Have you ever heard of View from the Top? It was a 2003 movie featuring actress Gwyneth Paltrow, Christina Applegate, Mark Ruffalo, and Rob Lowe. What about Rebound (2005) or Summer Catch (2001)?
These films have a few things in common: They were filmed in Ohio, busts at the box office, and losers both for investors and Ohio taxpayers.
Ohio is a sucker for subsidizing the production of Hollywood movies. Filmmakers who spend at least $300,000 filming in Ohio get motion picture tax credits – in other words, the ability to legally avoid taxes that everyone else pays.
It may sound appealing to have movie producers consider Ohio as the place to film their next “hit,” but in reality Ohio businesses and residents are footing the bill for Hollywood.
The state gives special tax breaks to appear more hospitable to Hollywood producers. But Ohio businesses and workers are not awarded this same luxury. Ultimately, Buckeye State residents will pay more in taxes to make up for what visiting filmmakers don’t pay.
Some well-respected hits like The Shawshank Redemption (1994) and Rain Man (1988) have been filmed in Ohio. But it isn’t the job of state taxpayers to prop-up Hollywood hits or box office busts.
However, Senate Bill 289, sponsored by Senator Tom Patton (R-Cuyahoga), proposes substantially increasing tax credits for movie producers shooting in Ohio. The motion picture tax credit cap is currently $40 million for every two-year budget period. In other words, the state cuts off the tax credit faucet at $40 million.
The proposed bill would raise the cap to $100 million for the current biennium (two year period) and $160 million for all subsequent biennium.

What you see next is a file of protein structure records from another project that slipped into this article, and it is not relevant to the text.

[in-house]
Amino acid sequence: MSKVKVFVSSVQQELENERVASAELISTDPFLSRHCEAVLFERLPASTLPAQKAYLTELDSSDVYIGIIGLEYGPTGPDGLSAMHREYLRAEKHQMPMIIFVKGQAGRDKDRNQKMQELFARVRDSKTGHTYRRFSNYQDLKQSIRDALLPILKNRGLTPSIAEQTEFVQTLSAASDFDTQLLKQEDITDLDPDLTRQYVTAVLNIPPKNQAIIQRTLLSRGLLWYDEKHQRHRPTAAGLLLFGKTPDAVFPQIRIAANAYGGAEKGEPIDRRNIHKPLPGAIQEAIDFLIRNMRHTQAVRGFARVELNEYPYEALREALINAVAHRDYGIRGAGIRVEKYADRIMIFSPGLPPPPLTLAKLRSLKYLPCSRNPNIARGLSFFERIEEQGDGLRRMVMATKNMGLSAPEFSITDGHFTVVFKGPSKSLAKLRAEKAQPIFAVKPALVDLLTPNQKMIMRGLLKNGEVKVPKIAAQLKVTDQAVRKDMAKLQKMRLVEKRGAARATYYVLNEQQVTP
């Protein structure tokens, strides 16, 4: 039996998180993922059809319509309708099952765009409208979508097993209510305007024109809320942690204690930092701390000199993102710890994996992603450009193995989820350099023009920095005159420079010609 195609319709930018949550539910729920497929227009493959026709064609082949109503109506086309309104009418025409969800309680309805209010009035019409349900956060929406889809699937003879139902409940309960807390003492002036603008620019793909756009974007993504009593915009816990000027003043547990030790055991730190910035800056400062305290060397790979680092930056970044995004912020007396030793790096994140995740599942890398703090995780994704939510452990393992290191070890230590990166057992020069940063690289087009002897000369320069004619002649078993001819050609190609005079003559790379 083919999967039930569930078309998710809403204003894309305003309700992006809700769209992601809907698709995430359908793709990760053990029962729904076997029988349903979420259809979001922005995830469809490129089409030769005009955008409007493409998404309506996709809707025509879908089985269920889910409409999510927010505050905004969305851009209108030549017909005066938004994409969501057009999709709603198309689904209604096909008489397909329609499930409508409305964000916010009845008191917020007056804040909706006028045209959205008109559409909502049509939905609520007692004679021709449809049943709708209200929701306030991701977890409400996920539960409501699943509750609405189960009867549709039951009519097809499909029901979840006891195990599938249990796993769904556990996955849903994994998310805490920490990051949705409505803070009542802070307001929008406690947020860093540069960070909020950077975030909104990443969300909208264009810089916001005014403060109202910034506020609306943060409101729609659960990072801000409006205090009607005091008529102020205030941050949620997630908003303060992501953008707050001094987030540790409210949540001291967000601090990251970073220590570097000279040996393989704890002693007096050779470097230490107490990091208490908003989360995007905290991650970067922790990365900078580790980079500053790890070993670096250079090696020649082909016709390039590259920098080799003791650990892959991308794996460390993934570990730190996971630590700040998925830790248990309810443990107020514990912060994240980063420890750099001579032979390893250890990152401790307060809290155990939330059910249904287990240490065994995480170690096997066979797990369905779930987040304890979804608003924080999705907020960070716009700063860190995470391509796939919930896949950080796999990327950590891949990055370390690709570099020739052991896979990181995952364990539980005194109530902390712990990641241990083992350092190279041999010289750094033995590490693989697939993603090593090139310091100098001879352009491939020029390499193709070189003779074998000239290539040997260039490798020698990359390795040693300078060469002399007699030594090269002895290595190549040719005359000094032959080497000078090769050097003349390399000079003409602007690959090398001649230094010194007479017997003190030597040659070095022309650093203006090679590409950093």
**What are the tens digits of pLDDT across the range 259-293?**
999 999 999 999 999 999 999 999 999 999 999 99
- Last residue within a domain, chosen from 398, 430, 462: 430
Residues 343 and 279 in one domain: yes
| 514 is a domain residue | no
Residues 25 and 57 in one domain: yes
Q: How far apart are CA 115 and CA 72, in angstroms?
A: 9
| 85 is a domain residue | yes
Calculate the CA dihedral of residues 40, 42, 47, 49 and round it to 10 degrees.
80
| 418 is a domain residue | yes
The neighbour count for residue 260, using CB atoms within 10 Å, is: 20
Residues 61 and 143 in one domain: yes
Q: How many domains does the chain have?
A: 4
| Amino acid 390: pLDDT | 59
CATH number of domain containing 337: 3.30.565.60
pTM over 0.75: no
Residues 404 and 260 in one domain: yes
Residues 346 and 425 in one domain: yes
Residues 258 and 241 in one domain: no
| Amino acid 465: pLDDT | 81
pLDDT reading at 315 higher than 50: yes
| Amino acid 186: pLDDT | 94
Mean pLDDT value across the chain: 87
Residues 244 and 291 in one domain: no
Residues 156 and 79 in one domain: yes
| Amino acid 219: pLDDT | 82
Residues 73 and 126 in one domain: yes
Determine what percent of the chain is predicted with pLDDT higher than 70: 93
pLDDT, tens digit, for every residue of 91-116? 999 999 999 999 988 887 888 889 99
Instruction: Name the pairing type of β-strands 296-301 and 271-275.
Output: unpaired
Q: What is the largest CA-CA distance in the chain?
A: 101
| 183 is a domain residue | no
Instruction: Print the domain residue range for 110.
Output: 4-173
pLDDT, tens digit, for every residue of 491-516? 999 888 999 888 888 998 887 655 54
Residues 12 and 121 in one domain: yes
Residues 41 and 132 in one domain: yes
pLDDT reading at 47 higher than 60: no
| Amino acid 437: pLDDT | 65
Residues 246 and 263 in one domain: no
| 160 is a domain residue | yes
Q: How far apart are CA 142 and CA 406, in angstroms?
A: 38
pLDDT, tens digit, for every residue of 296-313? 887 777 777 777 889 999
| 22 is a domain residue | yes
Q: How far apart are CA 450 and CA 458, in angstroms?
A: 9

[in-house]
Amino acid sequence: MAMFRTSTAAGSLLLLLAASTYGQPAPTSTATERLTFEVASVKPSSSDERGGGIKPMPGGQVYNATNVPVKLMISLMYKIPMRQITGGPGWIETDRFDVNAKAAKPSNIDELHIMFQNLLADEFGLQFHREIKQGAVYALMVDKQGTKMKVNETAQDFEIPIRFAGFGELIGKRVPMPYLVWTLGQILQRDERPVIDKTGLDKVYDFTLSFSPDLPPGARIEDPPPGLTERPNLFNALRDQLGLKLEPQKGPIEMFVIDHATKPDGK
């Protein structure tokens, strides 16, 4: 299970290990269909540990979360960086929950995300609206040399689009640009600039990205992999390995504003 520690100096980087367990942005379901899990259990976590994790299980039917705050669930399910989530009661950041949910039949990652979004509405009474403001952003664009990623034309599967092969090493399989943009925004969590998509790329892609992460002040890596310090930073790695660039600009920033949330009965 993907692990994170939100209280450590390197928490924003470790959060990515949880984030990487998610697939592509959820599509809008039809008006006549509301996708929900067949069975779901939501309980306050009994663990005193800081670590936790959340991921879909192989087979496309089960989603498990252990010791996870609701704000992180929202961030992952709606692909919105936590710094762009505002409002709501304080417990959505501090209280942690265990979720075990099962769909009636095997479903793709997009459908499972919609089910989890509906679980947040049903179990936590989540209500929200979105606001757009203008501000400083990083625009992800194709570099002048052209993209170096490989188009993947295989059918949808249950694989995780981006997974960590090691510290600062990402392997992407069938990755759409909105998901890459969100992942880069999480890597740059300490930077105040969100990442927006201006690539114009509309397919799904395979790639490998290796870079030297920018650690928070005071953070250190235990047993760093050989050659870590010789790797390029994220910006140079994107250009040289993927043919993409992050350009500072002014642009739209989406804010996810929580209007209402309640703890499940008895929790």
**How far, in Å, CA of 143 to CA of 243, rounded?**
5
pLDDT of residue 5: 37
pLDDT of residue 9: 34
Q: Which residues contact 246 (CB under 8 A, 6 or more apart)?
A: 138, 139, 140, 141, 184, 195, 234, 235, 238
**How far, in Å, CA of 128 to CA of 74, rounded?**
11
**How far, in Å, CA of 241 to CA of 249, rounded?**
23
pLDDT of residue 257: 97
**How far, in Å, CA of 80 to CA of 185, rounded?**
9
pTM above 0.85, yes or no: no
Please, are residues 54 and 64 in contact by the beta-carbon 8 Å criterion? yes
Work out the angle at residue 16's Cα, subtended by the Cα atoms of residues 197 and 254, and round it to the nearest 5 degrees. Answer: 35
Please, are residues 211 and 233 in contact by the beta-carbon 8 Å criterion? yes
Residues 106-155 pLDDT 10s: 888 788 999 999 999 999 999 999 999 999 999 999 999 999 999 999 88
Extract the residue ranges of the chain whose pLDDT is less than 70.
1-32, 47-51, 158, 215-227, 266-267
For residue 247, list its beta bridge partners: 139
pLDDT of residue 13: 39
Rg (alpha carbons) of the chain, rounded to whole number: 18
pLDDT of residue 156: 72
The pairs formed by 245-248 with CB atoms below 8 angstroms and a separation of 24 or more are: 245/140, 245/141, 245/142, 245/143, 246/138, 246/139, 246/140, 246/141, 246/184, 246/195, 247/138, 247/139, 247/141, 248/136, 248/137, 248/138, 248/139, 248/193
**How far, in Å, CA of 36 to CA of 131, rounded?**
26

We propose an alternative ending to the Hollywood financier’s script. The rewrite is one word, stolen from every Hollywood director: “Cut!” As in cut the tax break to $20 million next year, then cut it to zero in the next.
Our pitch has an unsexy title: Good Tax Policy, starring Ohio legislators dedicated to low rates applied neutrally and fairly.
It is time Ohio businesses stop picking up the tab for Hollywood. Paying the same taxes as everyone else is a cost of doing business, for Ohioans and Hollywood financiers.
Sure, it’s fun to see a movie being made in Cleveland or Cincinnati. In 2015, the Cincinnati area was home to such would-be classics as The Funhouse Massacre (“Six of the world’s scariest psychopaths escape from a local Asylum…”) and Marauders (“An untraceable group of elite bank robbers is chased by a suicidal FBI agent…”).
Admittedly, those artistic opportunities are hard to turn down. But sometimes being a legislator means making tough decisions about how to tax, how to spend, and where to film movies about six of the world’s scariest psychopaths.
– By A.J. Beam